Irish artist of many talents with an uneven album of country infused pop/rock
Paul J Bolger is clearly a very talented man. His credits as an animator include work on Shaun the Sheep and Wallace and Gromit and he has lent his writing, drawing, directing and design skills to numerous films, books and graphic novels. If that wasn’t enough this Waterford resident is also a songwriter and, following a 2018 EP and an eponymously titled 2020 debut, Bolger has now released ‘Hard Truth’. This second album is, in the artist’s own words, an “audacious guitar led shout.” With an acoustic guitar riff that screams George Michael’s ‘Faith’ and a vocal that is a ringer for Lyle Lovett ‘The Start of It’ is a great and highly promising opener. It is one of four songs on the album from that 2018 EP that have been remixed and remastered and the first to feature the wonderful vocals of Della Mannion. The next track ‘Godforsaken’ continues in a similar vein with its twangy guitar supporting the impression that if this is a guitar led shout then this is a voice containing more than a hint of country. At only 2minutes and 30seconds it is a short but sweet slice of country rock/pop. ‘She Love Shine’ is a very radio friendly addition to this direction of travel.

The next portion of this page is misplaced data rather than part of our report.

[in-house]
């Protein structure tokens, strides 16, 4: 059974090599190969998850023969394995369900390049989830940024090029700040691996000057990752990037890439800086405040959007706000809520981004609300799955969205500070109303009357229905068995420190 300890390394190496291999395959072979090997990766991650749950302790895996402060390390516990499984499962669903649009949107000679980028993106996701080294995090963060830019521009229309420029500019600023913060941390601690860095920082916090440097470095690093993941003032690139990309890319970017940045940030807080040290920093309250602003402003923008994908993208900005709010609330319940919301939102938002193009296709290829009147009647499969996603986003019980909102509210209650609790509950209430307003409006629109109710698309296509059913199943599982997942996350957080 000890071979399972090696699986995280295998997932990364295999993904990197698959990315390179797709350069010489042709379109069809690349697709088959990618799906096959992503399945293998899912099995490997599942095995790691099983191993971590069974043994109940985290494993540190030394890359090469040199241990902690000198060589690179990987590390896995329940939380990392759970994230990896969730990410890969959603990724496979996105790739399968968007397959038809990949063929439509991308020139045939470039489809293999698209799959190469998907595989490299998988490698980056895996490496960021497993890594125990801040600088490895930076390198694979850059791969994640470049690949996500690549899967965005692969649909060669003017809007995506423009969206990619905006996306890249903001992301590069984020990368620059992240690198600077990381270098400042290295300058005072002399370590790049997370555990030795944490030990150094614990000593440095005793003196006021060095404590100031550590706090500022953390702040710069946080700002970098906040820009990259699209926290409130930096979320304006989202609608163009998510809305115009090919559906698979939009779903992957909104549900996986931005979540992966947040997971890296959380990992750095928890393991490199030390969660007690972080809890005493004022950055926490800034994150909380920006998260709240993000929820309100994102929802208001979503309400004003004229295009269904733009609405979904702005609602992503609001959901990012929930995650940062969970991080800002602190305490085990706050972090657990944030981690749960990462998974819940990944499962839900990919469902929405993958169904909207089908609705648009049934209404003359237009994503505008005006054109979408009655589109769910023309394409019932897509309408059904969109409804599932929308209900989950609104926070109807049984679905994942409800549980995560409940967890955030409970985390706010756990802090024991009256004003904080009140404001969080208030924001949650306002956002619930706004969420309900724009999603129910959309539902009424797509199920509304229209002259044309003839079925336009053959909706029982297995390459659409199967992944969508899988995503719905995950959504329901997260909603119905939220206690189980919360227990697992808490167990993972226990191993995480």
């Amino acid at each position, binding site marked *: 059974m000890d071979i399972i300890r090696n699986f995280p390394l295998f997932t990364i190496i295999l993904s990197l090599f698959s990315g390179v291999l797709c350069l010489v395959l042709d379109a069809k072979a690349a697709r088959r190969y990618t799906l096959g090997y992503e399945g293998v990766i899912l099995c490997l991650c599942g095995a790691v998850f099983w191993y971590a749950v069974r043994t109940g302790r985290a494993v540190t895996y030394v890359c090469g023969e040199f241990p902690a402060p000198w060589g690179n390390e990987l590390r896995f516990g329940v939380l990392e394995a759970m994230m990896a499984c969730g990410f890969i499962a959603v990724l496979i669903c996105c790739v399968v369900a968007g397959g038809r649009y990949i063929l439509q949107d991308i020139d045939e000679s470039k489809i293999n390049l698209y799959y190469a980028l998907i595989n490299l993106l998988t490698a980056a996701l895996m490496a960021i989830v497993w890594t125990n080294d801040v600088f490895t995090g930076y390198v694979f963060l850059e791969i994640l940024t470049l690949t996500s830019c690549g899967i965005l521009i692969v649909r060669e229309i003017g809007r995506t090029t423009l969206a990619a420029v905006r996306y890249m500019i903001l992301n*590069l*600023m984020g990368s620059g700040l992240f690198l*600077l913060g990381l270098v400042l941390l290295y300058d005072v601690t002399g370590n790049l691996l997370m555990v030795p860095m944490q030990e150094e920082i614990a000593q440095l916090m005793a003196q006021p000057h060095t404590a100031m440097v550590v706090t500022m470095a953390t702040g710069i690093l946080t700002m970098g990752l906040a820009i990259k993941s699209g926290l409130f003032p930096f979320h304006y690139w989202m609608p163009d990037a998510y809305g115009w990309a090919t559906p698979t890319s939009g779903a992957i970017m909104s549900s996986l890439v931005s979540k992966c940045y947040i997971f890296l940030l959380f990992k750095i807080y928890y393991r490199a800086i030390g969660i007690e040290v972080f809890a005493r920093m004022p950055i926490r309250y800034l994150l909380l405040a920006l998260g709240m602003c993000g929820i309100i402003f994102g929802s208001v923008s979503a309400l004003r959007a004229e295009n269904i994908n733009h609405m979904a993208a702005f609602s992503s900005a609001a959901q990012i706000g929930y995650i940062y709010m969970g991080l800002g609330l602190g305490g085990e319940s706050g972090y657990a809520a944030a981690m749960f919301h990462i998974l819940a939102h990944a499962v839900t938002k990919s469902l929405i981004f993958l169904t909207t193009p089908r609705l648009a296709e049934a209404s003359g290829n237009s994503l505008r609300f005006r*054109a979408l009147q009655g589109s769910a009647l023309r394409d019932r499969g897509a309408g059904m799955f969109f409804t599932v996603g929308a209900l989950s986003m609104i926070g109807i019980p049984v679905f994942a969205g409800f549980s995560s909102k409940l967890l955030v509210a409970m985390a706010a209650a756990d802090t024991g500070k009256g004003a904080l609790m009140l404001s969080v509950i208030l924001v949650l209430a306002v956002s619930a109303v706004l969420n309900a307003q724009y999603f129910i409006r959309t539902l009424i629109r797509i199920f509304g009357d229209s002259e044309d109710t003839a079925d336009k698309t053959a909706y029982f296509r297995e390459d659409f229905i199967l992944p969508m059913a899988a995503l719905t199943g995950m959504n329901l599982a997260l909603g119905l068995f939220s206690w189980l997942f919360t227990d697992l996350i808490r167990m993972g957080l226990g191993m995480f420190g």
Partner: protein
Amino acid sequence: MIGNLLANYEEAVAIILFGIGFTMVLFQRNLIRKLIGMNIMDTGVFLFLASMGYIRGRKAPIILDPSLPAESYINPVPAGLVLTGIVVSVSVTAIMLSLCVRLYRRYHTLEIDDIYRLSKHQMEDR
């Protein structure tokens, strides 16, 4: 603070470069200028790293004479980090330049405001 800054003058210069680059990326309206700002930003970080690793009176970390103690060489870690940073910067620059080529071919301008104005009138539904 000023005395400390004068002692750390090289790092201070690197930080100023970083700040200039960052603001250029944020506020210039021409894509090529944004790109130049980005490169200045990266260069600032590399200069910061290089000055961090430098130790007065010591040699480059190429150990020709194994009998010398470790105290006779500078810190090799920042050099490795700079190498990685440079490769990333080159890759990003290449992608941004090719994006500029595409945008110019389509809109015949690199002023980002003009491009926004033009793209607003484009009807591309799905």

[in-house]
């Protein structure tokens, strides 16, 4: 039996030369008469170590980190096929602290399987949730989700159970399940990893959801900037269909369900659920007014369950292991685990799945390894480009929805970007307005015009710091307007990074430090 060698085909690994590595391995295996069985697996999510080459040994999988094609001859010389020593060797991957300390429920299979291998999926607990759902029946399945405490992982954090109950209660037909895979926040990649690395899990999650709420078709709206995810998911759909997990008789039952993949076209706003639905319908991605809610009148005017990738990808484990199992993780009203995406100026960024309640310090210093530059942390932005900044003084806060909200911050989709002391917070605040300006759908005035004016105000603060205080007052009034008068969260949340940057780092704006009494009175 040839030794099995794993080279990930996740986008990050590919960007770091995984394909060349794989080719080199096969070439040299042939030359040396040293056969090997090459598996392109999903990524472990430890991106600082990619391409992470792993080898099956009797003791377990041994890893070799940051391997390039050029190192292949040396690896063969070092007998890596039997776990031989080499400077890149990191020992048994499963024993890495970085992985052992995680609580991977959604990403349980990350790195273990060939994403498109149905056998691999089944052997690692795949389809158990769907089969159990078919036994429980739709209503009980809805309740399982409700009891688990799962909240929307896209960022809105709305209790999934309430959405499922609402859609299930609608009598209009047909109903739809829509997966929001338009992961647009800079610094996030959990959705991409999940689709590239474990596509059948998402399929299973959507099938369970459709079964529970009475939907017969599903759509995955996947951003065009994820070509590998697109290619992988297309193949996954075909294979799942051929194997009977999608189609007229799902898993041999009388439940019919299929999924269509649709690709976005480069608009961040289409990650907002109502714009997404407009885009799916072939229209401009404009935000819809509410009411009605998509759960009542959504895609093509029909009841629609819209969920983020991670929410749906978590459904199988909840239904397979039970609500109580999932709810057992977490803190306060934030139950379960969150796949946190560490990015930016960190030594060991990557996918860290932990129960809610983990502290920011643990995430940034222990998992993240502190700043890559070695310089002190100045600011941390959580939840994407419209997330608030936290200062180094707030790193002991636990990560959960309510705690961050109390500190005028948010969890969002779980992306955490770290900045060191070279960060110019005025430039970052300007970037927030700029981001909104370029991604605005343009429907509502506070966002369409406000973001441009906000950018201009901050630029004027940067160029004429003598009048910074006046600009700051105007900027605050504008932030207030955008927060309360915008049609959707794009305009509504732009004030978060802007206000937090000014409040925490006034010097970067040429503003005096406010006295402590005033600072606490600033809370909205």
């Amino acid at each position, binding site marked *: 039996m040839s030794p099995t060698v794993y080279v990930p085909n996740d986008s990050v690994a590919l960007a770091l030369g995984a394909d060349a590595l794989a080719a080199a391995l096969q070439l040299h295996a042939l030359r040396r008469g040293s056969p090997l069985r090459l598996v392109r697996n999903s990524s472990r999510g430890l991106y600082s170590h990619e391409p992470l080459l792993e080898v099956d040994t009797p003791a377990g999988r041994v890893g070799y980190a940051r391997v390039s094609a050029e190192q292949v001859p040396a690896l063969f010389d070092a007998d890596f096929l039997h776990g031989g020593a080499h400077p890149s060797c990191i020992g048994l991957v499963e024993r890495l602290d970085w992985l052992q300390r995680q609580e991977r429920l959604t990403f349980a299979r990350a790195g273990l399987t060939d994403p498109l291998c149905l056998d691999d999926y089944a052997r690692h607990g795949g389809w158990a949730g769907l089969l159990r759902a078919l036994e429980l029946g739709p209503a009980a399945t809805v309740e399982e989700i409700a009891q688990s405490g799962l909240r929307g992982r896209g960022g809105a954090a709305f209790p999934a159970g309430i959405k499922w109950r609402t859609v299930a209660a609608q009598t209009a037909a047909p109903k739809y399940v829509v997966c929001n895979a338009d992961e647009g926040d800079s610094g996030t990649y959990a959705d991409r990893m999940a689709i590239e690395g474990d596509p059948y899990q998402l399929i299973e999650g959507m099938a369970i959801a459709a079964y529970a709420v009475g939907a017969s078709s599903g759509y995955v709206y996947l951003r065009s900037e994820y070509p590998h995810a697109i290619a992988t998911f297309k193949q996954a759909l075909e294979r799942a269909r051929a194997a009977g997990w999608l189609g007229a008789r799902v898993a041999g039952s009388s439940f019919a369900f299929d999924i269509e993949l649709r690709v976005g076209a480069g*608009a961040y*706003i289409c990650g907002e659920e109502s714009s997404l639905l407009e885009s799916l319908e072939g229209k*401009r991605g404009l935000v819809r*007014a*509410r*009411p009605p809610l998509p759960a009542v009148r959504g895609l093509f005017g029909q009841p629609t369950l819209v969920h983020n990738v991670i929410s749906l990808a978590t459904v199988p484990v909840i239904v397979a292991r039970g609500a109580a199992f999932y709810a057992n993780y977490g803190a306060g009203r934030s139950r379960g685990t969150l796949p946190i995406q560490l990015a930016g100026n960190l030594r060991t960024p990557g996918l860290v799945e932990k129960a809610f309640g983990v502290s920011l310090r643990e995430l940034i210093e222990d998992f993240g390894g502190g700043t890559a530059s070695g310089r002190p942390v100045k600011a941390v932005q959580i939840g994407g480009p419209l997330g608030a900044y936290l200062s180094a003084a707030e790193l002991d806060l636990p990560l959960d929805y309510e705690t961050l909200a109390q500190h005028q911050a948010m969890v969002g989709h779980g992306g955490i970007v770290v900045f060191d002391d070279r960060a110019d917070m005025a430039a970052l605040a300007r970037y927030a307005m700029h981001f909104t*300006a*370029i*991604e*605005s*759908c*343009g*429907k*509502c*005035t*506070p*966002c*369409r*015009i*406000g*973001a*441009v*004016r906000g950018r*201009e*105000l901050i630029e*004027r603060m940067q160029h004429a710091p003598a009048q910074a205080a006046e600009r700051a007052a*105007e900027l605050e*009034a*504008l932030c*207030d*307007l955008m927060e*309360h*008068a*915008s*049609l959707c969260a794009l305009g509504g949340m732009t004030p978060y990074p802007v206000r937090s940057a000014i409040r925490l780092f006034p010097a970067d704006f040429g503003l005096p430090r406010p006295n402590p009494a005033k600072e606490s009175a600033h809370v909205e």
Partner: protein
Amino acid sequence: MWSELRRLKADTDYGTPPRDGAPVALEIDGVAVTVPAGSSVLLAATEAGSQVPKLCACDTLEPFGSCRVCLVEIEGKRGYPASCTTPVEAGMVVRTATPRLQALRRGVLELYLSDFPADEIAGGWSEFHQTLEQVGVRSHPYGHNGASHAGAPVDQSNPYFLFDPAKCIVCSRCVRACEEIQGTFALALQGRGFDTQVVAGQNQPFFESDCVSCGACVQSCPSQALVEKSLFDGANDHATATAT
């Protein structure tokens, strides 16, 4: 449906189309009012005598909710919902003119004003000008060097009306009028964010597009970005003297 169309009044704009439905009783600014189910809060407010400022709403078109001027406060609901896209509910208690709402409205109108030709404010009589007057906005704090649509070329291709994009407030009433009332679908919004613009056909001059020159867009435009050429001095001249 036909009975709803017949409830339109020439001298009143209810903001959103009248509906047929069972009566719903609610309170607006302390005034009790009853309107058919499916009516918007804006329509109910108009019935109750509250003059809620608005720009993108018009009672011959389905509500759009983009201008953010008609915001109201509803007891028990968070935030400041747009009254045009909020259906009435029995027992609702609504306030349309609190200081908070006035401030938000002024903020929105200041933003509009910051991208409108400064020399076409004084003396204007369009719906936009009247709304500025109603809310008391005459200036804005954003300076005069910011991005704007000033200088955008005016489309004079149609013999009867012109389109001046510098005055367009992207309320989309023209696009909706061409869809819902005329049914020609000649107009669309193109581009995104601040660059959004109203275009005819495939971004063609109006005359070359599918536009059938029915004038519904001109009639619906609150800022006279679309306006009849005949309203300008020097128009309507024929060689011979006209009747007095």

The album takes an abrupt turn with ‘Testify’ which is the big, guitar driven rocker that had been promised but, in the context of the album as a whole, stands out for the wrong reasons. It is generic, throwaway rock and brings doubt to early optimism about the album. This is a shame as there is much to admire elsewhere.
Although the album is compromised by tracks that sound just too formulaic and pop/rocky, when Bolger brings something a little less predictable to proceedings as in ‘Lady Love & The Cavalier’ or ‘Believe You Me,’ both contemplative and subdued in their own way, then the quality rating rises accordingly. With such a mix of songs the album struggles to allow an overall assessment of its worth. The album contains undoubted highlights, never more so than those opening couple of songs when thoughts of Lovett bring a promise that, unfortunately, never quite materialises. With that caveat, there is enough good stuff here to warrant giving The Talented Mr Bolger a listen.